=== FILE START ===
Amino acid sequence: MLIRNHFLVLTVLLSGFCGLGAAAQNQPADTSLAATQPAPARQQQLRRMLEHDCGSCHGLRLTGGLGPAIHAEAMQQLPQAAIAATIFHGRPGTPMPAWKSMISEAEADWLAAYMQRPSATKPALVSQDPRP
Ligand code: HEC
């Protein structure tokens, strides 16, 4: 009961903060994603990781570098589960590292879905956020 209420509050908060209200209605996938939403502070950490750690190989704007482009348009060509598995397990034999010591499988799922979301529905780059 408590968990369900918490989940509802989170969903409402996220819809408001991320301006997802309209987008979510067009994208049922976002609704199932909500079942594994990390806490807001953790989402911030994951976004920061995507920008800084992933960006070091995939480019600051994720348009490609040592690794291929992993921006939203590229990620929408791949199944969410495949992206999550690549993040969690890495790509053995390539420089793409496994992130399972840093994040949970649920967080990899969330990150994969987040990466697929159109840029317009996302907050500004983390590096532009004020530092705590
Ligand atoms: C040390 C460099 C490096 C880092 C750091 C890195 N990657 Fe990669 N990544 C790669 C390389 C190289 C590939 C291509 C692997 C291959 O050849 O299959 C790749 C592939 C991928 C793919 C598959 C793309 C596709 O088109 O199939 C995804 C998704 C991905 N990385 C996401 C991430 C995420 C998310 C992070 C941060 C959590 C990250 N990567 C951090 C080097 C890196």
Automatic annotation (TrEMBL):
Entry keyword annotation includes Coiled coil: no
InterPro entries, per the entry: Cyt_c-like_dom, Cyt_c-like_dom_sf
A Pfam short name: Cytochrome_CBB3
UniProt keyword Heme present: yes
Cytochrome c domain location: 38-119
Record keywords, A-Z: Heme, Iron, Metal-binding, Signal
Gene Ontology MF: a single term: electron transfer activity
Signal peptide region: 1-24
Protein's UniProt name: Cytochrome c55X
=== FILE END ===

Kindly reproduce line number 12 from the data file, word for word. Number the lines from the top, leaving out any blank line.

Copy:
Gene Ontology MF: a single term: electron transfer activity